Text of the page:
Consequently, according to Ravin, Rabbi Yehoshua ben Levi and Rabbi Yoḥanan agree that at the time of the of the wedding ceremony the wife can verbally waive her rights, and the dispute of the tanna’im is referring to the time after the ceremony, which is also the beginning of the time for consummation of the marriage. Rav Pappa said: Had Rabbi Abbahu not said: This was explained to me personally by Rabbi Yoḥanan himself, that I, i.e. Rabbi Yoḥanan, and Rabbi Yehoshua ben Levi do not disagree with one another, I, i.e., Rav Pappa, would have said that the way to understand the various texts is that Rabbi Yoḥanan and Rabbi Yehoshua ben Levi do disagree with one another, whereas Rav Dimi and Ravin do not disagree with one another, but rather they both cited the same tradition from Eretz Yisrael.

מאי סוף דקאמר רבין סוף חופה ומאי תחלה דקאמר רב דימי תחלת ביאה

I would have explained it in the following manner: What is the meaning of the word end, which Ravin said? It is referring to the end of the wedding ceremony. And what is the meaning of the word beginning, which Rav Dimi said? It is referring to the beginning of the time designated for intercourse, which begins at the end of the wedding ceremony. It would then follow that Rabbi Yehoshua ben Levi and Rabbi Yoḥanan disagreed about the explanation of the dispute between Rabbi Yehuda and Rabbi Yosei, whereas Rav Dimi and Ravin both said the same thing.

מאי קמ"ל

What is Rav Pappa teaching us? Since he accepts Rabbi Abbahu’s statement, he acknowledges that his alternate way of reading the sources is not correct. What, then, is the point of telling us that he would have explained Rabbi Yehoshua ben Levi’s and Rabbi Yoḥanan’s words differently?

הא קמ"ל דפליגי תרי אמוראי אטעמא דנפשייהו ולא פליגי תרי אמוראי אליבא דחד אמורא:

The Gemara explains: It teaches us this: If we were discussing the meaning of an amoraic dispute about which we have different traditions, it is better to explain that two amora’im disagree with regard to their own reasons and not that two amora’im disagree according to the opinion of another amora, as it is more plausible to say that there is a dispute about logical reasoning than that there is a dispute about the correct transmission of a halakhic tradition. Consequently, had Rabbi Abbahu not declared that he was told otherwise by Rabbi Yoḥanan, it would have been preferable to explain that there is a logical dispute between Rabbi Yehoshua ben Levi and Rabbi Yoḥanan, rather than saying that the dispute is about the details of the tradition received by Rav Dimi and Ravin.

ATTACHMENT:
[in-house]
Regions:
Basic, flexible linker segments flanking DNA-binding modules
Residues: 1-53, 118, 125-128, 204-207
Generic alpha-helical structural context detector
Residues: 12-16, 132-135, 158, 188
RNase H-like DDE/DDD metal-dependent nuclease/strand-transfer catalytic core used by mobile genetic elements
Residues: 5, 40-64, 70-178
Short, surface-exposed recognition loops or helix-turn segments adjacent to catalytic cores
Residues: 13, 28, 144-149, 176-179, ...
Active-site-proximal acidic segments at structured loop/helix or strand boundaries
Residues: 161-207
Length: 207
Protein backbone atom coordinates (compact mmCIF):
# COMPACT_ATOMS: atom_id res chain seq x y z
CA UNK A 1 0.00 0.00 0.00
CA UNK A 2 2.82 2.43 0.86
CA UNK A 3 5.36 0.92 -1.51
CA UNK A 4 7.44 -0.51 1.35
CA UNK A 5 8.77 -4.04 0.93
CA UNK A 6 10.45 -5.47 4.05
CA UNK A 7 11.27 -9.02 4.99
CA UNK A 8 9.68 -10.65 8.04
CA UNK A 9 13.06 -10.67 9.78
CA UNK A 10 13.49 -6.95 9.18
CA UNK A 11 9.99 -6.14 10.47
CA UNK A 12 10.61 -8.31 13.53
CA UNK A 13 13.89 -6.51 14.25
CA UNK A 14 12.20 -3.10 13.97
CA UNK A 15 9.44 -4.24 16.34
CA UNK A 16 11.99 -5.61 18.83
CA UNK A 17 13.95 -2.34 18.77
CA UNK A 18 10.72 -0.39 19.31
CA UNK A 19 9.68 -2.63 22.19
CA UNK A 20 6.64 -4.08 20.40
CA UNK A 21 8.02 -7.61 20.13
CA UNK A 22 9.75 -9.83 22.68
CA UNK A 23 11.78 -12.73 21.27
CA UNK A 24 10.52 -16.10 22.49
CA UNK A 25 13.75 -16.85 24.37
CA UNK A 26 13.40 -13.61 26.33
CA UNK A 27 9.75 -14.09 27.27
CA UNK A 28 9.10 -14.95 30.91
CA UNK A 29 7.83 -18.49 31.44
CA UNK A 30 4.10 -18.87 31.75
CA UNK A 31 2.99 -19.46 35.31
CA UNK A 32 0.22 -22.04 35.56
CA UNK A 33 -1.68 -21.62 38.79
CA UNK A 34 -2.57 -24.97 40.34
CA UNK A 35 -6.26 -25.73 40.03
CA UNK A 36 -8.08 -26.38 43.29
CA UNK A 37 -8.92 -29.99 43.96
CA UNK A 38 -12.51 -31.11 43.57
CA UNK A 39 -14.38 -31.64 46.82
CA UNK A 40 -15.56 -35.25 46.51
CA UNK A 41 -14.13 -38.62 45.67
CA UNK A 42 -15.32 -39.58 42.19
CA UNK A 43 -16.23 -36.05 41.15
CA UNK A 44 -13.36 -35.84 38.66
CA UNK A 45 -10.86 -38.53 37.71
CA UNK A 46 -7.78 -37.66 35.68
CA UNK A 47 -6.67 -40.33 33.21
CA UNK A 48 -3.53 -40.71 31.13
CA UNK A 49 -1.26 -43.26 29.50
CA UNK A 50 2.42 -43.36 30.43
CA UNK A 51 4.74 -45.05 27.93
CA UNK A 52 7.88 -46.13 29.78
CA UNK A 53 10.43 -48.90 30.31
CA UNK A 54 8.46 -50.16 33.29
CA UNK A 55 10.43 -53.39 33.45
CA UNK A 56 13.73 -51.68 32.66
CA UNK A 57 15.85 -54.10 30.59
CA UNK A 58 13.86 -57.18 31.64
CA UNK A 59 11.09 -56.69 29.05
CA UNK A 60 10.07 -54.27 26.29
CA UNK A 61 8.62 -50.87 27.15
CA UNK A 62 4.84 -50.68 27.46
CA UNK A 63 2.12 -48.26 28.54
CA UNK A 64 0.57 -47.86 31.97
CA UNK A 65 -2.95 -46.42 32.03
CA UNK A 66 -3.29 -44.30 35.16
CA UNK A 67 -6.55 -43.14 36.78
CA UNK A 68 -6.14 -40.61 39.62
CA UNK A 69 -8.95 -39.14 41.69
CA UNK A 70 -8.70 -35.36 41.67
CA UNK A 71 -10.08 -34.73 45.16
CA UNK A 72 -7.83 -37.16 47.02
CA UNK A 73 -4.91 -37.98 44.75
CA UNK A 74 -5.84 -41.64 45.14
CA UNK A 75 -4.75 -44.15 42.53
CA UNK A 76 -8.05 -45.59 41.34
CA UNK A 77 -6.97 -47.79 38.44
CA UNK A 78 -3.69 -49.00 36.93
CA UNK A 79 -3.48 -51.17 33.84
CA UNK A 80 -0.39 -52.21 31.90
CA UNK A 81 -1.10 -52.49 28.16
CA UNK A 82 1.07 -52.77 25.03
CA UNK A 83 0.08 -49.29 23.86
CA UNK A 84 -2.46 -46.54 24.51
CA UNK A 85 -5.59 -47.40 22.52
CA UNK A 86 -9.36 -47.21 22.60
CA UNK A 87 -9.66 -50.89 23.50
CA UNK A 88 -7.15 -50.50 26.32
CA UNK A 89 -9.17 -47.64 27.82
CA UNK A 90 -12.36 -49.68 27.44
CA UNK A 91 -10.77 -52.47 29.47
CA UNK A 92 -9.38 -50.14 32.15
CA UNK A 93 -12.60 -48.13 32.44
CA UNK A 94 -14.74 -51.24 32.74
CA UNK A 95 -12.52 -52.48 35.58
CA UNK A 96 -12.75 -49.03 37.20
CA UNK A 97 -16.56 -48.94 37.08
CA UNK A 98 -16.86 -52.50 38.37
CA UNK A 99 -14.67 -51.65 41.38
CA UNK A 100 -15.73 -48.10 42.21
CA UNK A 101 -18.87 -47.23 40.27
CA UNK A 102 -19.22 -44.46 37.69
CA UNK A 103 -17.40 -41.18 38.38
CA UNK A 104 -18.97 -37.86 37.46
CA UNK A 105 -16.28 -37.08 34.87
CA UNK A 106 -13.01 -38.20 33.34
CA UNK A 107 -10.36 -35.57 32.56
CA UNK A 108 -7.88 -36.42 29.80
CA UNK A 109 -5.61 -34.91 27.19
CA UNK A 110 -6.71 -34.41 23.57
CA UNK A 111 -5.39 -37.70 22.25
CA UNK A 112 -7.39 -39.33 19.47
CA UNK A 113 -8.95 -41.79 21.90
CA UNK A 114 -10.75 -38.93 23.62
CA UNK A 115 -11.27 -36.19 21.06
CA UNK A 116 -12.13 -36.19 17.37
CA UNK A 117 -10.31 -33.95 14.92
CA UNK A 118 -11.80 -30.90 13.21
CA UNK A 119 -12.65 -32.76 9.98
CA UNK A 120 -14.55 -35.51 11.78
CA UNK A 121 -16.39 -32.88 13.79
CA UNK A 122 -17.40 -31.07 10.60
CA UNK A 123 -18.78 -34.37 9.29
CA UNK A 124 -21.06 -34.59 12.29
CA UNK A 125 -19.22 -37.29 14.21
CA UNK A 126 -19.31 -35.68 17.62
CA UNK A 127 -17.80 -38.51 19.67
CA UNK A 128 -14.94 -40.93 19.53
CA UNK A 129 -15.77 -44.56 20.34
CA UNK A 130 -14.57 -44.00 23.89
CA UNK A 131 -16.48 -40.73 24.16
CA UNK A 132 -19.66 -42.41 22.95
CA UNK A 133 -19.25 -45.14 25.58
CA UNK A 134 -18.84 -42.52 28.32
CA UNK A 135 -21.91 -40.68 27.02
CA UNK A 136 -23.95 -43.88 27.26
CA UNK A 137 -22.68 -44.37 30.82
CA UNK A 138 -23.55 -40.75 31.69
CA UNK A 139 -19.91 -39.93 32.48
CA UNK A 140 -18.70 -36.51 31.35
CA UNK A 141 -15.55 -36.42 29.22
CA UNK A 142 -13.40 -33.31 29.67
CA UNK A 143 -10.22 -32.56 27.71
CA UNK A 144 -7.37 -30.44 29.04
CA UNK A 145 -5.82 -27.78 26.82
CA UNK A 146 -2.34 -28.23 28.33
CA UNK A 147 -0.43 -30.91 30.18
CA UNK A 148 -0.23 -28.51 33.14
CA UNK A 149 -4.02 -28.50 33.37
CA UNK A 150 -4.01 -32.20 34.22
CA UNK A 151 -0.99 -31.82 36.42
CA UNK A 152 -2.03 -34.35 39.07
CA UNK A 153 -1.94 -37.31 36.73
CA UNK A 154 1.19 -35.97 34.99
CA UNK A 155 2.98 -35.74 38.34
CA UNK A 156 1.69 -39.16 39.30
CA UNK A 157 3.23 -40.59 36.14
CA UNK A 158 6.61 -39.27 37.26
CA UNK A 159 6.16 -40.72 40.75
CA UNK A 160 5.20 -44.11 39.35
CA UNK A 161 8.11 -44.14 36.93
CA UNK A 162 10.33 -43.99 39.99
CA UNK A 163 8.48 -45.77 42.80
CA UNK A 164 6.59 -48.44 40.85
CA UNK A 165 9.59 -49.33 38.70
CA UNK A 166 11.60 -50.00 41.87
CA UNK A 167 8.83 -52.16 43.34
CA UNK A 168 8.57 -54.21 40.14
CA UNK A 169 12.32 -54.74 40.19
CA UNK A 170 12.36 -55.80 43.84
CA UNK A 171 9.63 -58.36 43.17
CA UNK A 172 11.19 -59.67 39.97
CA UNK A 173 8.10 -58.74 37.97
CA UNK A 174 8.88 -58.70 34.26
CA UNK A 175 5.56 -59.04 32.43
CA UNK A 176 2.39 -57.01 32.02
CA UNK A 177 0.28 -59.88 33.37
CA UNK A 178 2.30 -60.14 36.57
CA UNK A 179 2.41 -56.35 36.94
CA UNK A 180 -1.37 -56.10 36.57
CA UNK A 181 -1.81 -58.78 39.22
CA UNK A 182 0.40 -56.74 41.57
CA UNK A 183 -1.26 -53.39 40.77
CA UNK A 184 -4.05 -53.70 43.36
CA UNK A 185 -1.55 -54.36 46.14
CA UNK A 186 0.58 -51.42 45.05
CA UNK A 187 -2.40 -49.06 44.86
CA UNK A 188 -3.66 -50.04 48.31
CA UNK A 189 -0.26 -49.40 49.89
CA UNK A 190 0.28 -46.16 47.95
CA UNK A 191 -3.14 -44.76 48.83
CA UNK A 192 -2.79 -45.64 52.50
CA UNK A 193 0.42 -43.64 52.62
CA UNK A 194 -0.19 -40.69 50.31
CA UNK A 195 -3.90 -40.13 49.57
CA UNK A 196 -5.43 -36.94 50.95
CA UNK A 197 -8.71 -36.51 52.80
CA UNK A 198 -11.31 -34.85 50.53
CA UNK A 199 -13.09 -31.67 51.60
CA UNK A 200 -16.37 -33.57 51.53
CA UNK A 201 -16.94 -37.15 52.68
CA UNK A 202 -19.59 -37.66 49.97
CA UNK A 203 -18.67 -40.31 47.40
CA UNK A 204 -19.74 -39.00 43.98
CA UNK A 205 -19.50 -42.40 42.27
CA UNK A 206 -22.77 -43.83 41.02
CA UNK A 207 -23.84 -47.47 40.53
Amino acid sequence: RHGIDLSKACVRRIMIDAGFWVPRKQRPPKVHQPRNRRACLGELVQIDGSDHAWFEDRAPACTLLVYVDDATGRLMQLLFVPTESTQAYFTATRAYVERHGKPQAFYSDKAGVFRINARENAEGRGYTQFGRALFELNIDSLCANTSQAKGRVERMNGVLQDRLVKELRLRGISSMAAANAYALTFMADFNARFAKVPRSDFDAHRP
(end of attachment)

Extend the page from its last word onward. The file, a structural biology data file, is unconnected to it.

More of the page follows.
מתני׳ נותנין לבתולה שנים עשר חודש משתבעה הבעל לפרנס את עצמה וכשם שנותנין לאשה כך נותנין לאיש לפרנס את עצמו ולאלמנה שלשים יום הגיע זמן ולא נישאו אוכלות משלו ואוכלות בתרומה

MISHNA: One gives a virgin twelve months from the time the husband asked to marry her after having betrothed her, in order to prepare herself with clothes and jewelry for the marriage. And just as one gives a woman this amount of time, so too does one give a man an equivalent period of time to prepare himself, as he too needs time to prepare for the marriage. However, in the case of a widow, who already has items available from her previous marriage, she is given only thirty days to prepare. If the appointed time for the wedding arrived and they did not get married due to some delay on the part of the husband, then the woman may partake of his food. And if her husband is a priest, she may partake of teruma, even if she is an Israelite woman.

רבי טרפון אומר נותנין לה הכל תרומה רבי עקיבא אומר מחצה חולין ומחצה תרומה

The tanna’im disagree about the permission granted to a priest to sustain his betrothed with teruma before she is married to him. Rabbi Tarfon says: He may give her all of her required sustenance from teruma. During her periods of impurity, e.g., menstruation, when she cannot partake of teruma, she may sell the teruma to a priest and use the proceeds to buy non-sacred food. Rabbi Akiva says: He must give her half of her needs from non-sacred food and half may be from teruma, so that she can eat from the non-sacred food when she is ritually impure.

היבם אינו מאכיל בתרומה עשתה ששה חדשים בפני הבעל וששה חדשים בפני היבם ואפילו כולן בפני הבעל חסר יום אחד בפני היבם או כולן בפני היבם חסר יום אחד בפני הבעל אינה אוכלת בתרומה

The mishna continues: A priest who is a yavam, i.e., his brother died childless after betrothing a woman, does not enable his yevama to partake of teruma by virtue of her relationship with him. If she had completed six months of the twelve-month wait for marriage under the aegis of the husband, and then he died, and she waited six more months under the aegis of the yavam; or even if she completed all of the necessary time under the aegis of the husband except for one day that she was under the aegis of the yavam; or if she completed all of the necessary time under the aegis of the yavam except for one day that she was under the aegis of the husband, she still may not partake of teruma.

זו משנה ראשונה בית דין של אחריהן אמרו

This set of rulings, concerning the permission granted a betrothed woman whose wedding date has arrived to partake of teruma, is in accordance with the initial version of the mishna. However, a court that convened after them, in a later generation, said: